Containing COVID-19: Lessons Learned from Taiwan

How does a country successfully deal with COVID-19? A new report from The Journal of the American Medical Association (JAMA) says those looking to learn how to deal with the outbreak could do worse than look to Taiwan.

Taiwan is 81 miles off the coast of mainland China and was expected to have the second highest number of COVID-19 cases due to its proximity to and number of flights between China. The country has 23 million citizens of which 850,000 reside in and 404,000 work in China.

The outbreak occurred just before the Lunar New Year during which time millions of Chinese and Taiwanese were expected to travel for the holidays. Despite being extremely high-risk, Taiwan has recorded just 49 cases and one death.

So what did Taiwan get right? The government learned from its 2003 SARS experience and established a public health response mechanism for enabling rapid actions for the next crisis. Well-trained and experienced teams of officials have therefore been quick to recognize the COVID-19 crisis and activated emergency management structures to address the emerging outbreak.

In a crisis, governments often make difficult decisions under uncertainty and time constraints. These decisions must be both culturally appropriate and sensitive to the population. Through early recognition of the crisis, daily briefings to the public, and simple health messaging, Taiwan was able to reassure its citizens by delivering timely, accurate, and transparent information regarding the evolving epidemic. 

From the outset of the COVID-19 outbreak, Taiwan quickly mobilized and instituted specific approaches for case identification, containment, and resource allocation to protect the public. The national health insurance database was quickly integrated with Taiwan’s immigration and customs database to begin the creation of big data for analytics; it generated real-time alerts during a clinical visit based on travel history and clinical symptoms to aid case identification. It also used new technology, including QR code scanning and online reporting of travel history and health symptoms to classify travelers’ infectious risks based on flight origin and travel history in the past 14 days. 

Persons with low risk (no travel to level 3 alert areas) were sent a health declaration border pass via a text message to their phones for faster immigration clearance; those with higher risk (recent travel to level 3 alert areas) were quarantined at home and tracked through their mobile phone to ensure that they remained at home during the incubation period.

In addition, Taiwan sought patients with severe respiratory symptoms (based on information from its national health insurance database) who had tested negative for influenza and retested them for COVID-19; one case was found of 113 tested.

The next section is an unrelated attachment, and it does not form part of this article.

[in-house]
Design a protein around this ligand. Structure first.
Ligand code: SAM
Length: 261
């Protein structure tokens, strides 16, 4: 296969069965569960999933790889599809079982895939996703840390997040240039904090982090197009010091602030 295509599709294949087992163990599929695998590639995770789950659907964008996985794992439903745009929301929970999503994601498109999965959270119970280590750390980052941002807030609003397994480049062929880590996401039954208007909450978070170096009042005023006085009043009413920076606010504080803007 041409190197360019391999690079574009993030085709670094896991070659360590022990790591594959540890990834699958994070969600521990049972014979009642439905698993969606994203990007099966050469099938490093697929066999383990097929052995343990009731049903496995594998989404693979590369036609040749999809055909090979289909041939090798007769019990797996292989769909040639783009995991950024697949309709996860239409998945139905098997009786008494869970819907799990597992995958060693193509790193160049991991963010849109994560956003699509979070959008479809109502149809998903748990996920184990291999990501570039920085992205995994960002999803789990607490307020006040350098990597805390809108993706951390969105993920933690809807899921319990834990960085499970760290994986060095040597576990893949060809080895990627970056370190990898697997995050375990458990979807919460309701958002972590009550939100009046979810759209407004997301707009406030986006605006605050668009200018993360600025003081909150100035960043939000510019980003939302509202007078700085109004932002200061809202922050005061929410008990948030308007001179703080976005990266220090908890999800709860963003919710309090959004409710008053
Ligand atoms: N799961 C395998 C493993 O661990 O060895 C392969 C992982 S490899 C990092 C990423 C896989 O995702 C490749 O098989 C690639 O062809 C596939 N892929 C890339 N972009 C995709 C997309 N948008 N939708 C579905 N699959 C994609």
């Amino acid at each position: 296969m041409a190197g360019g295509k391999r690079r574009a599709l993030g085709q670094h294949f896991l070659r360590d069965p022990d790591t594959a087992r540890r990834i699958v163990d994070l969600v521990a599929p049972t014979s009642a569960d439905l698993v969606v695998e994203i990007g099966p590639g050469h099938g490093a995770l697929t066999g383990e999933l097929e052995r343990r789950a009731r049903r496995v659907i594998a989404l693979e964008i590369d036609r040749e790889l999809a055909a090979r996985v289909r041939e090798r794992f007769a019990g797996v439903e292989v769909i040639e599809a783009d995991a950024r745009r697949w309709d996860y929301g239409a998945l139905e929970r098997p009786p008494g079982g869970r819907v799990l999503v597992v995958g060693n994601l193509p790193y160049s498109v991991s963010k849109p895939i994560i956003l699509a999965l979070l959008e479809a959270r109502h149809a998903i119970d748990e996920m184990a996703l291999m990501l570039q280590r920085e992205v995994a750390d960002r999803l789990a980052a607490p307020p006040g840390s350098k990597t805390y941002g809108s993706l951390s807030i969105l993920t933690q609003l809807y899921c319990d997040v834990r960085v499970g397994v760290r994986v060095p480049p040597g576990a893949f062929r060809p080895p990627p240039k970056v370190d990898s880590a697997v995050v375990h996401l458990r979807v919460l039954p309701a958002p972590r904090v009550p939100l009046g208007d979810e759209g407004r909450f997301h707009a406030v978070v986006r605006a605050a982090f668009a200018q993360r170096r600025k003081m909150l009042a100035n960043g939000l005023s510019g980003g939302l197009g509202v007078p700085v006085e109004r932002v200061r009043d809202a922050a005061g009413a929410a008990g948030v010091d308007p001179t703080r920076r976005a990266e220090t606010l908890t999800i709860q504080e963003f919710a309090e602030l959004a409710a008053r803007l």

Other measures quickly implemented include a toll-free number which served as a hotline for citizens to report suspicious symptoms or cases in themselves or others. As the disease progressed, this hotline reached full capacity, so each major city was asked to create its own hotline as an alternative. 

The government of Taiwan also addressed the issue of disease stigma and compassion for those affected by providing food, frequent health checks, and encouragement for those in quarantine. 

What is commendable about Taiwan’s efforts, is not only the measures implemented but the immediacy of implementation. The World Health Organization (WHO) received notification of pneumonia of unknown cause on December 31 2019. Taiwanese officials boarding planes to assess passengers who had travelled from the affected area, Wuhan, the very same day. 

Taiwan’s swift decision making was not echoed in other Asian countries, such as South Korea, or in Europe whose leaders perhaps preferred to take a wait and see approach. Both are now paying the price.

While Europe could be seen as acting complacently during the very early stages of the outbreak in Asia, it is important that countries like Taiwan, who have achieved some level of containment, do not return to ‘business as normal’ too soon. To avoid another increase in cases, they must continue to implement measures and be particularly cautious about welcoming travelers from the new epicenter of the virus, otherwise the world could be caught in a deathly cycle.

Read more at JAMA

(Visited 583 times, 1 visits today)

Kylie Bielby has more than 20 years' experience in reporting and editing a wide range of security topics, covering geopolitical and policy analysis to international and country-specific trends and events. Before joining GTSC's Homeland Security Today staff, she was an editor and contributor for Jane's, and a columnist and managing editor for security and counter-terror publications.

Leave a Reply

Latest from Airport & Aviation Security

Go to Top
X
X